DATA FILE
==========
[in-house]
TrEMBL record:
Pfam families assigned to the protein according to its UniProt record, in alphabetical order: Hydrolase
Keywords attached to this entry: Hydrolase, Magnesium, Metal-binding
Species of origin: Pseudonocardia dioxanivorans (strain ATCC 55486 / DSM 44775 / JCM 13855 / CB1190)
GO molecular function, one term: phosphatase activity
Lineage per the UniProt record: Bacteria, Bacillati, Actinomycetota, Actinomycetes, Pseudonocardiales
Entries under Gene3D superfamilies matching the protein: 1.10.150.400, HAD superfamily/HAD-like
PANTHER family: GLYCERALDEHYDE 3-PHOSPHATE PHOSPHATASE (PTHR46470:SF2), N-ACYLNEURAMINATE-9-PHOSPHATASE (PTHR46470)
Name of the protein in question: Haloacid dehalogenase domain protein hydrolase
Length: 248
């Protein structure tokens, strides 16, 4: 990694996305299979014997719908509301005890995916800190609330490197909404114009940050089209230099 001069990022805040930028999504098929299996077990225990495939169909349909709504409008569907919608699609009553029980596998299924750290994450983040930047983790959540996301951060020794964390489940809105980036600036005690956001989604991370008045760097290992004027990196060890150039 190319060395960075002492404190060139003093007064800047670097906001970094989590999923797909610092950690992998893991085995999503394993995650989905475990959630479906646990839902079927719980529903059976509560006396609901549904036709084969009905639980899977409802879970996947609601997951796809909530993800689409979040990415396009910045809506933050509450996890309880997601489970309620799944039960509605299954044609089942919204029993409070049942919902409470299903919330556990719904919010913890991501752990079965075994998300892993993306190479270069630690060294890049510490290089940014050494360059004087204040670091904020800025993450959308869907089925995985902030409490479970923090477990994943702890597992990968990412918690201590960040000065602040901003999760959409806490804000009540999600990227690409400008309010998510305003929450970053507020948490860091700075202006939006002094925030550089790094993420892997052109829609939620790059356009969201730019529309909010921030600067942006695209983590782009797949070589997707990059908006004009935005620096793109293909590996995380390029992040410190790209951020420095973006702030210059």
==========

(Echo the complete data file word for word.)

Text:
[in-house]
TrEMBL record:
Pfam families assigned to the protein according to its UniProt record, in alphabetical order: Hydrolase
Keywords attached to this entry: Hydrolase, Magnesium, Metal-binding
Species of origin: Pseudonocardia dioxanivorans (strain ATCC 55486 / DSM 44775 / JCM 13855 / CB1190)
GO molecular function, one term: phosphatase activity
Lineage per the UniProt record: Bacteria, Bacillati, Actinomycetota, Actinomycetes, Pseudonocardiales
Entries under Gene3D superfamilies matching the protein: 1.10.150.400, HAD superfamily/HAD-like
PANTHER family: GLYCERALDEHYDE 3-PHOSPHATE PHOSPHATASE (PTHR46470:SF2), N-ACYLNEURAMINATE-9-PHOSPHATASE (PTHR46470)
Name of the protein in question: Haloacid dehalogenase domain protein hydrolase
Length: 248
């Protein structure tokens, strides 16, 4: 990694996305299979014997719908509301005890995916800190609330490197909404114009940050089209230099 001069990022805040930028999504098929299996077990225990495939169909349909709504409008569907919608699609009553029980596998299924750290994450983040930047983790959540996301951060020794964390489940809105980036600036005690956001989604991370008045760097290992004027990196060890150039 190319060395960075002492404190060139003093007064800047670097906001970094989590999923797909610092950690992998893991085995999503394993995650989905475990959630479906646990839902079927719980529903059976509560006396609901549904036709084969009905639980899977409802879970996947609601997951796809909530993800689409979040990415396009910045809506933050509450996890309880997601489970309620799944039960509605299954044609089942919204029993409070049942919902409470299903919330556990719904919010913890991501752990079965075994998300892993993306190479270069630690060294890049510490290089940014050494360059004087204040670091904020800025993450959308869907089925995985902030409490479970923090477990994943702890597992990968990412918690201590960040000065602040901003999760959409806490804000009540999600990227690409400008309010998510305003929450970053507020948490860091700075202006939006002094925030550089790094993420892997052109829609939620790059356009969201730019529309909010921030600067942006695209983590782009797949070589997707990059908006004009935005620096793109293909590996995380390029992040410190790209951020420095973006702030210059």